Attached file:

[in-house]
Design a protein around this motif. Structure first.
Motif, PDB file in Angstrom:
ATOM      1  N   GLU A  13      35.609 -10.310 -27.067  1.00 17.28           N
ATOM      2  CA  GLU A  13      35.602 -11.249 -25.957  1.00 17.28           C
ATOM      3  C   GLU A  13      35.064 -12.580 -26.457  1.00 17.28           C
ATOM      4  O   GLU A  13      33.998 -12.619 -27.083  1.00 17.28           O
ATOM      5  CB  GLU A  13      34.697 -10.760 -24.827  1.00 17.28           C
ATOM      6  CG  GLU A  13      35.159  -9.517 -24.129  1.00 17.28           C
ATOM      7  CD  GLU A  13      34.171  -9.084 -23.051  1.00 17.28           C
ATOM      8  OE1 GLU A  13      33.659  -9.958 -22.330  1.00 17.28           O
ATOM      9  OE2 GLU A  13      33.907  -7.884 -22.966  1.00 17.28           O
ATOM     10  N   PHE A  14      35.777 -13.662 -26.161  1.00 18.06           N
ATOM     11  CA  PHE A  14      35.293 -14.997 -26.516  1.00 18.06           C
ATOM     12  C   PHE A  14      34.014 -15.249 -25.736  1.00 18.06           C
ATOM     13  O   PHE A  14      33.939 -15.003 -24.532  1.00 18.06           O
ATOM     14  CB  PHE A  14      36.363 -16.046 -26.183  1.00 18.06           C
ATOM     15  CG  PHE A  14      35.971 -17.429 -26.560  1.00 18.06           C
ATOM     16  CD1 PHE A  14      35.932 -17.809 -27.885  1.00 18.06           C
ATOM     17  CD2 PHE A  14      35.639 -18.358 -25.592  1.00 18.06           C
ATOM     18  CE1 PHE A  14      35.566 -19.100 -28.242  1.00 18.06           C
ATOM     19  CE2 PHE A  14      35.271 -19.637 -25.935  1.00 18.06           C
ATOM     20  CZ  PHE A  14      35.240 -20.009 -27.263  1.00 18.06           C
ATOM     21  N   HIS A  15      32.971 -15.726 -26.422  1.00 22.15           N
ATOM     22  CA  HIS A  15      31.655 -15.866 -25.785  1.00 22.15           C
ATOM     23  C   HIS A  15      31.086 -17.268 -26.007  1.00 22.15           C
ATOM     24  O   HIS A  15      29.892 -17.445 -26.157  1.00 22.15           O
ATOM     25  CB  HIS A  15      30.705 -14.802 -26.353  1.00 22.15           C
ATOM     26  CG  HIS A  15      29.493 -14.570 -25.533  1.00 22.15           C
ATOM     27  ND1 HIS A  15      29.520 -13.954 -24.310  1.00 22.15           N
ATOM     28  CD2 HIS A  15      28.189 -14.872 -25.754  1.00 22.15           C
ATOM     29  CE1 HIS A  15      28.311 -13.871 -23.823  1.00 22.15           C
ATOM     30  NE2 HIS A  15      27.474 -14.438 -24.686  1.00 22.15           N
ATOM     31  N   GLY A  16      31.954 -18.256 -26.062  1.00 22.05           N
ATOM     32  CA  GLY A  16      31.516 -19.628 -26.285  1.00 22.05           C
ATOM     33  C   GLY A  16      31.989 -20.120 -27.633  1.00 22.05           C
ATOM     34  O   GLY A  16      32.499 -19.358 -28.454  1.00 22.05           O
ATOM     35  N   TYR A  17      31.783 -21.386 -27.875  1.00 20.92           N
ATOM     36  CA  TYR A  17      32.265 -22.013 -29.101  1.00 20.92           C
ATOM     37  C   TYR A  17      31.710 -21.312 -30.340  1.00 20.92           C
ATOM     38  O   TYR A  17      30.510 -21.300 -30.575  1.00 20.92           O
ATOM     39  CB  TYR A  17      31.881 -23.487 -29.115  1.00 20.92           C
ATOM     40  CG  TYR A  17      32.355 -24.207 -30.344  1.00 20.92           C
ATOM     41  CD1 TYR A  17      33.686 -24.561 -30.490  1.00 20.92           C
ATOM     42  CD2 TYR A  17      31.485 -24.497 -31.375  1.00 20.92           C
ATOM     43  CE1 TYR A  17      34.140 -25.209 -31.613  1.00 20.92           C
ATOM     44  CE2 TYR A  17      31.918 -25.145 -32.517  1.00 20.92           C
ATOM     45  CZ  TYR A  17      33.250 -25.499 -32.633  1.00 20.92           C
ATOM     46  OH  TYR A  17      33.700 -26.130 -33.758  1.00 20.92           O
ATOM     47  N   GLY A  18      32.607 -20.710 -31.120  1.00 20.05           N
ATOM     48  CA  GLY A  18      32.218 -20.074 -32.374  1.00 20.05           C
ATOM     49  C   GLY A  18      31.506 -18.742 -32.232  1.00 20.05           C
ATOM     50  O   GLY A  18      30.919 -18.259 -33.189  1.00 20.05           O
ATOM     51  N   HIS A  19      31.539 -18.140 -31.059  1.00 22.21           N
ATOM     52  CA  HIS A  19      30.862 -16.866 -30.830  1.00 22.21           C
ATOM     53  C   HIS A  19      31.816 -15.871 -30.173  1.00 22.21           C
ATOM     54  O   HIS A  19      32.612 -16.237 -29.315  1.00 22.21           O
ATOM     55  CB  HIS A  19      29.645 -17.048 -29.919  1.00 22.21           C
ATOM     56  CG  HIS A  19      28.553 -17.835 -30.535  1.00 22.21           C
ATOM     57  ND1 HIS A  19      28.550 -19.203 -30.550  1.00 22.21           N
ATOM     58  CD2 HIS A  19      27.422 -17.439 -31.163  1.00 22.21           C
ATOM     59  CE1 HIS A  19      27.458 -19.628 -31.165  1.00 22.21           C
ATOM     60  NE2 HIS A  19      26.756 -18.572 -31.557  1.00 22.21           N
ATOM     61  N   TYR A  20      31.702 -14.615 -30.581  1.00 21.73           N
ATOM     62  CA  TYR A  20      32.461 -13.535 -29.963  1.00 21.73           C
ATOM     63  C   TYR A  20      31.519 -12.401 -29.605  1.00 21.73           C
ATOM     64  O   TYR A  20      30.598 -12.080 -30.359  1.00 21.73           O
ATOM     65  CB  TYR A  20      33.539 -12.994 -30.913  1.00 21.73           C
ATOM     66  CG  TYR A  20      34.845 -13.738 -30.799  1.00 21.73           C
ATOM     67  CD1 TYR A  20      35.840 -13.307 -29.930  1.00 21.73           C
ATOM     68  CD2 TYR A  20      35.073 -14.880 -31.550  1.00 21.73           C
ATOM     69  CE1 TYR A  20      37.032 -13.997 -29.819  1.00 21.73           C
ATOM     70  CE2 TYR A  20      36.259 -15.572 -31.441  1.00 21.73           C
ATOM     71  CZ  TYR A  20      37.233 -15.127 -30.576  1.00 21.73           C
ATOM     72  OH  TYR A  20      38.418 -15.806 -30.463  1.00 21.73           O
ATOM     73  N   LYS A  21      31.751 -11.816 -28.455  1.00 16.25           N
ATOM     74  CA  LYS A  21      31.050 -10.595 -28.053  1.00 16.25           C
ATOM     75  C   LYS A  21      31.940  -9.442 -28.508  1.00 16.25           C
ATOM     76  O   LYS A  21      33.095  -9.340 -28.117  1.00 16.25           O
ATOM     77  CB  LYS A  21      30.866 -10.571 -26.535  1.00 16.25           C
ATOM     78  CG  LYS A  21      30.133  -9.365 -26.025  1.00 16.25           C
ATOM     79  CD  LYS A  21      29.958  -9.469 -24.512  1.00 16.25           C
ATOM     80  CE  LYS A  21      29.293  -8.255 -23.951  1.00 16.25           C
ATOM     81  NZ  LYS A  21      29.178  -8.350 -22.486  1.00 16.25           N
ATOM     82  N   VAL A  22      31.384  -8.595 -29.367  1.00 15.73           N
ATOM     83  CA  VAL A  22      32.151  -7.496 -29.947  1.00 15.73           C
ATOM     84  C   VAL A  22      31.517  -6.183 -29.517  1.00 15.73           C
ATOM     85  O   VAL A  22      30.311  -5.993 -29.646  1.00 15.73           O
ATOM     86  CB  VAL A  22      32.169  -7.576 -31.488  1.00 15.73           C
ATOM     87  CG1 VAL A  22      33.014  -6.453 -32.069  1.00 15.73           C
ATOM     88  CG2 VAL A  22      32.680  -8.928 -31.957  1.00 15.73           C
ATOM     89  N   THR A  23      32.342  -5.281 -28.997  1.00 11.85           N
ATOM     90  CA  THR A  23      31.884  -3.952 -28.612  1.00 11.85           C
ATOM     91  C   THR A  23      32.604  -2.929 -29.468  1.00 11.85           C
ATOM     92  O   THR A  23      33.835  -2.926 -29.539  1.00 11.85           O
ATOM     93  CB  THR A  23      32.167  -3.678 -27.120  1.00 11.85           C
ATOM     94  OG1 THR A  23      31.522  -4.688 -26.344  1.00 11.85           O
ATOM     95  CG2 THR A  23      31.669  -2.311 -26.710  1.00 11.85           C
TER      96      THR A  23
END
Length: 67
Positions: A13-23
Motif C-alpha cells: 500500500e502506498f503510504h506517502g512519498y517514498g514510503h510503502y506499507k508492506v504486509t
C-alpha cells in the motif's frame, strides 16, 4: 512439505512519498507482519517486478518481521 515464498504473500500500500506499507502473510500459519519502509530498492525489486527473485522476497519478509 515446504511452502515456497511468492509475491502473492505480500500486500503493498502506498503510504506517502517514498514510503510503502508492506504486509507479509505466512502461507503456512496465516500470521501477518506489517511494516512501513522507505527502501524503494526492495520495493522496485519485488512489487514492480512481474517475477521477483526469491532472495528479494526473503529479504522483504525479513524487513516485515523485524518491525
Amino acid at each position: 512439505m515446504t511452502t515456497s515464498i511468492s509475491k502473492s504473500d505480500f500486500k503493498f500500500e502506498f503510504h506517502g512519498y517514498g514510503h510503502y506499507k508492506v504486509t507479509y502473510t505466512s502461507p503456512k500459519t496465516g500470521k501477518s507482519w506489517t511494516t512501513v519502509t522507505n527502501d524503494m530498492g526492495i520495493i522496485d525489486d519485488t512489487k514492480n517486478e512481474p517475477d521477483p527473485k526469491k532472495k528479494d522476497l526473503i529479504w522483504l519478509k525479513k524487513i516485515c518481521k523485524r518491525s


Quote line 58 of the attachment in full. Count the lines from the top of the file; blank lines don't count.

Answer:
ATOM     55  CB  HIS A  19      29.645 -17.048 -29.919  1.00 22.21           C